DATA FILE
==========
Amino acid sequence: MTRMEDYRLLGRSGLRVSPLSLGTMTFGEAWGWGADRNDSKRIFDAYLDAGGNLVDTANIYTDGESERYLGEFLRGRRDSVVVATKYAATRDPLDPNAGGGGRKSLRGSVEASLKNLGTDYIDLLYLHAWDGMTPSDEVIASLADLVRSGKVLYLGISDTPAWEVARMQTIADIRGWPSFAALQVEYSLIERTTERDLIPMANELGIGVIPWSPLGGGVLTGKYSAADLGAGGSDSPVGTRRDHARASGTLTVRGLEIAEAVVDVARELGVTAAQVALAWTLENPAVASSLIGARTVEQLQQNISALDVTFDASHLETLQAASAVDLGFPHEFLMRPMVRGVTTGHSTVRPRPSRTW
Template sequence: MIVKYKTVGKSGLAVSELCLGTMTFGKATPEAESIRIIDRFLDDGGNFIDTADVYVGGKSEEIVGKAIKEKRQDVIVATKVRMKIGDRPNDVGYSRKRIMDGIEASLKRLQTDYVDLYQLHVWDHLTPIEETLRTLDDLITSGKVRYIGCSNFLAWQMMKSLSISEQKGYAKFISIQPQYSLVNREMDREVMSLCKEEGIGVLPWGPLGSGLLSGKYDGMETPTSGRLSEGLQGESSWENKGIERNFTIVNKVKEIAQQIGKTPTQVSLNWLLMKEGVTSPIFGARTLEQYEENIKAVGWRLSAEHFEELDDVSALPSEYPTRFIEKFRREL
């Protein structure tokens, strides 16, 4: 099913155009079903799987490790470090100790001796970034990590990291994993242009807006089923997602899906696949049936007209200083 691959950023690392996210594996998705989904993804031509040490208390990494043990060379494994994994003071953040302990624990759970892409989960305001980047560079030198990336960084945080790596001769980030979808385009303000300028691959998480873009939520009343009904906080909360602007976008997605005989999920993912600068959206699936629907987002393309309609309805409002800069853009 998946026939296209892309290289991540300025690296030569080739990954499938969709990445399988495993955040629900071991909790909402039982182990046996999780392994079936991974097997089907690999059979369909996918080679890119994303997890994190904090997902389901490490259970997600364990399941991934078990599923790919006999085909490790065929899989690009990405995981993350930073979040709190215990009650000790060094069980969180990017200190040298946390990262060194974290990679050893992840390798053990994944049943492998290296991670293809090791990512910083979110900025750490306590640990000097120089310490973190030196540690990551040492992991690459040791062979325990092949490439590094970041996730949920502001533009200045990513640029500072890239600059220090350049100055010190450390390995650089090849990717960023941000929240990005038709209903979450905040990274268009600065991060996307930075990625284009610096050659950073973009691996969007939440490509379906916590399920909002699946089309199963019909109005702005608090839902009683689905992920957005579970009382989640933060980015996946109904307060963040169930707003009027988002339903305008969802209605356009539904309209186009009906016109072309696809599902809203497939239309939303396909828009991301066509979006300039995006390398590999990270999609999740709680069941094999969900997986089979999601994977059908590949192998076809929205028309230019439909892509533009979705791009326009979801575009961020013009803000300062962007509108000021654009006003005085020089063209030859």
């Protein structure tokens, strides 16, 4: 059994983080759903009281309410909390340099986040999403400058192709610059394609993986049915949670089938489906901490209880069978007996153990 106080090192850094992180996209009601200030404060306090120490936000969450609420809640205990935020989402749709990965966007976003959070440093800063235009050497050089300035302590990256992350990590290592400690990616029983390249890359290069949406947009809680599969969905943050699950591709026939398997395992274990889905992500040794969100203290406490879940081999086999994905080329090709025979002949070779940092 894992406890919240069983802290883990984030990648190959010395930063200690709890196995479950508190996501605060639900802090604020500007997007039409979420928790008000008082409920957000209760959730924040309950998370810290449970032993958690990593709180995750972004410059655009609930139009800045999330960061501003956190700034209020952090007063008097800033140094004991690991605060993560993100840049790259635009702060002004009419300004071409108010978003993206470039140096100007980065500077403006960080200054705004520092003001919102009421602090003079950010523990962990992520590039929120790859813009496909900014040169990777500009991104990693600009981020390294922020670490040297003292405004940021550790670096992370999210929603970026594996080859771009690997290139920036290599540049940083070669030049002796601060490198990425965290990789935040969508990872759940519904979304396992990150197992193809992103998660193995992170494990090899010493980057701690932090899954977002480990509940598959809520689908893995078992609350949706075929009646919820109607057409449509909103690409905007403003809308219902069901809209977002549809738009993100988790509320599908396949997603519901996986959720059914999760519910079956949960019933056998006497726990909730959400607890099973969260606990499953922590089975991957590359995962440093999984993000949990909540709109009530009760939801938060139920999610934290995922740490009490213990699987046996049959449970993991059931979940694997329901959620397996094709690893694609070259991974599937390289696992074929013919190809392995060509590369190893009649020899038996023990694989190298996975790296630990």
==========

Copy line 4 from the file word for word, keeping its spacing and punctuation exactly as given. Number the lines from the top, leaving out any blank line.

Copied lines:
């Protein structure tokens, strides 16, 4: 059994983080759903009281309410909390340099986040999403400058192709610059394609993986049915949670089938489906901490209880069978007996153990 106080090192850094992180996209009601200030404060306090120490936000969450609420809640205990935020989402749709990965966007976003959070440093800063235009050497050089300035302590990256992350990590290592400690990616029983390249890359290069949406947009809680599969969905943050699950591709026939398997395992274990889905992500040794969100203290406490879940081999086999994905080329090709025979002949070779940092 894992406890919240069983802290883990984030990648190959010395930063200690709890196995479950508190996501605060639900802090604020500007997007039409979420928790008000008082409920957000209760959730924040309950998370810290449970032993958690990593709180995750972004410059655009609930139009800045999330960061501003956190700034209020952090007063008097800033140094004991690991605060993560993100840049790259635009702060002004009419300004071409108010978003993206470039140096100007980065500077403006960080200054705004520092003001919102009421602090003079950010523990962990992520590039929120790859813009496909900014040169990777500009991104990693600009981020390294922020670490040297003292405004940021550790670096992370999210929603970026594996080859771009690997290139920036290599540049940083070669030049002796601060490198990425965290990789935040969508990872759940519904979304396992990150197992193809992103998660193995992170494990090899010493980057701690932090899954977002480990509940598959809520689908893995078992609350949706075929009646919820109607057409449509909103690409905007403003809308219902069901809209977002549809738009993100988790509320599908396949997603519901996986959720059914999760519910079956949960019933056998006497726990909730959400607890099973969260606990499953922590089975991957590359995962440093999984993000949990909540709109009530009760939801938060139920999610934290995922740490009490213990699987046996049959449970993991059931979940694997329901959620397996094709690893694609070259991974599937390289696992074929013919190809392995060509590369190893009649020899038996023990694989190298996975790296630990």